Friday, July 1, 2016

Dawn Patrol

A break in the clouds.
As soon as the sun rises over the trees, it becomes unbearable.
I just cannot bear the double-barreled 90+/90+ heat and humidity we've had for the past week or two, so that means that what little I do in the garden must happen in those golden moments of twilight just before sunrise and after sunset. As long as the sun is above the horizon, it's miserable.

That means I have about 45 minutes in the morning and 30 minutes in the evening--which isn't enough, but it will have to do. It's a good thing that I don't mind a grassy garden, although I'm working on that. Several years ago I tried mulching with untreated grass clippings with decent success (see "Thank You Very Mulch!"). Time, and the availability of large amounts of grass clippings are causing me to give it another try. There are some downsides to using grass clippings; they do contain some seed. That means I must continue to mulch throughout the season. I'm also trying to build up my garden plot after a fallow year, and any organic matter is beneficial. Mulch protects the roots of plants from the sun, so, despite the drawbacks, I'm going to give it a try. Except for one problem: I've worked three mornings and still haven't distributed the first mowing's clippings. I'm using a spade fork, but I guess I'll have to give in and buy a manure/hay fork because it's wider and the sharper more slender tines can, I hope, pick up the matted grass more easily and in larger clumps. I'll also need a D-handle for "tossing" control.

Mulching tomatoes and peppers first.
I'll have enough clippings to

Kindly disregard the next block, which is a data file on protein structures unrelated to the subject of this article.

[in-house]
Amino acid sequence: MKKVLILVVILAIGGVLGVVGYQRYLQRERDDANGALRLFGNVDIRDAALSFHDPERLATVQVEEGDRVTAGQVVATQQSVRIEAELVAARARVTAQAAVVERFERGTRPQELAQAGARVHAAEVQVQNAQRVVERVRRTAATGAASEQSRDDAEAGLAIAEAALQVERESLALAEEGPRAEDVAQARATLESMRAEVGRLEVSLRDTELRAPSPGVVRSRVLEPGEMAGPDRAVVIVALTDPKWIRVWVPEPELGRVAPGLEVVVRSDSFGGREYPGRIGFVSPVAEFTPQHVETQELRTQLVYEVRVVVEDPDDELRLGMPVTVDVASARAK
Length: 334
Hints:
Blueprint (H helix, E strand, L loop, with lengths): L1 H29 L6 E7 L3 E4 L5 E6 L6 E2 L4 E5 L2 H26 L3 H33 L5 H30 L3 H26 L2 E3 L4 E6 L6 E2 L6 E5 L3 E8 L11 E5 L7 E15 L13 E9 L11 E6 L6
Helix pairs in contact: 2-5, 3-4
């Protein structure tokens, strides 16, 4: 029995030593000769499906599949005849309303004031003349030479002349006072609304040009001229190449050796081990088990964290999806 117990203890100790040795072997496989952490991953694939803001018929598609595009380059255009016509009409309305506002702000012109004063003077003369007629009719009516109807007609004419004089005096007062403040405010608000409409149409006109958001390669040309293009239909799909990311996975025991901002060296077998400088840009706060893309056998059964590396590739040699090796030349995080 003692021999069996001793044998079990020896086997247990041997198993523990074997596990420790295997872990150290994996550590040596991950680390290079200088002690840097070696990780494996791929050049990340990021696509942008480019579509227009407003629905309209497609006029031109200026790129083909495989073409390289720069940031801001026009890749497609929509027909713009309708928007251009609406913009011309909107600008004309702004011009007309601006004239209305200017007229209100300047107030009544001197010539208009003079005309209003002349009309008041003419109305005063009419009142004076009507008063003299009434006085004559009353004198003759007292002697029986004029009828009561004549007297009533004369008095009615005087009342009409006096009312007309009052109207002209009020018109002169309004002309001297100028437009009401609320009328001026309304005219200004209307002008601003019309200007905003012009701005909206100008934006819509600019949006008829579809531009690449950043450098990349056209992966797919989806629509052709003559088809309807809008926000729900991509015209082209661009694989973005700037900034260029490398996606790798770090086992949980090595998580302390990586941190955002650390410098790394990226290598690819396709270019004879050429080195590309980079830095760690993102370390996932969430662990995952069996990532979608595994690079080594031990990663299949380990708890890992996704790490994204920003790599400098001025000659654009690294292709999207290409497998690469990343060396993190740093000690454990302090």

mulch the entire garden.
I mentioned that mulching protects roots from heat, and that's important because I just recently put my tomatoes in the ground. Yes, in mid-June. I know; I should have put them out earlier, but it just did not happen. They're in the ground now, and, being all heirloom varieties, should produce until frost. I've planted a 16-foot row of Principe Borghese for canning, and a mixed row of Cherokee Purple, Black Krim, Rutgers Improved, Arkansas Traveler, Arkansas Marvel, Old Ivory Egg, Black Cherry, and Middle Tennessee Sweet. They're blooming, and tiny tomatoes are appearing. Perhaps I'll enjoy tomatoes soon.

The beans are doing okay, blooming and a few pods, but the corn was a bust. I think 6 plants germinated out of 4 rows. Corn has never done well in this spot; I don't know why I thought it would this time. One of my friends (who's been farming 50+ years) told about planting corn in his garden plot twice, with no success. He finally installed a game camera and retrieved some lovely shots of a raccoon digging the seed kernels right out of the ground. He installed a trap before his third planting!

The squashes (zucchini, yellow, and pattypan) are blooming, although germination was a bit spotty, not surprising since my seed was purchased for a previous season. I should still have enough plants to supply us nicely if the squash bugs leave us any.

It's a great blueberry year;
blackberries, not so much.
I saw the first brown marmorated stink bug of the season yesterday, and I confess I dispatched him (actually, probably her) to his/her/its eternal reward. A friend texted a desperate request for an organic solution for an onslaught of squash bugs (a near relative), and my cousin recommends dousing plants with a garlic/geranium oil infusion. I'm thinking of applying a prophylactic dose.

The blueberries and blackberries are in, with the blueberries being the winner this season. I guess I need to go pick them before it gets too hot.

Stay cool, drink plenty of water, and mulch your Savory garden!


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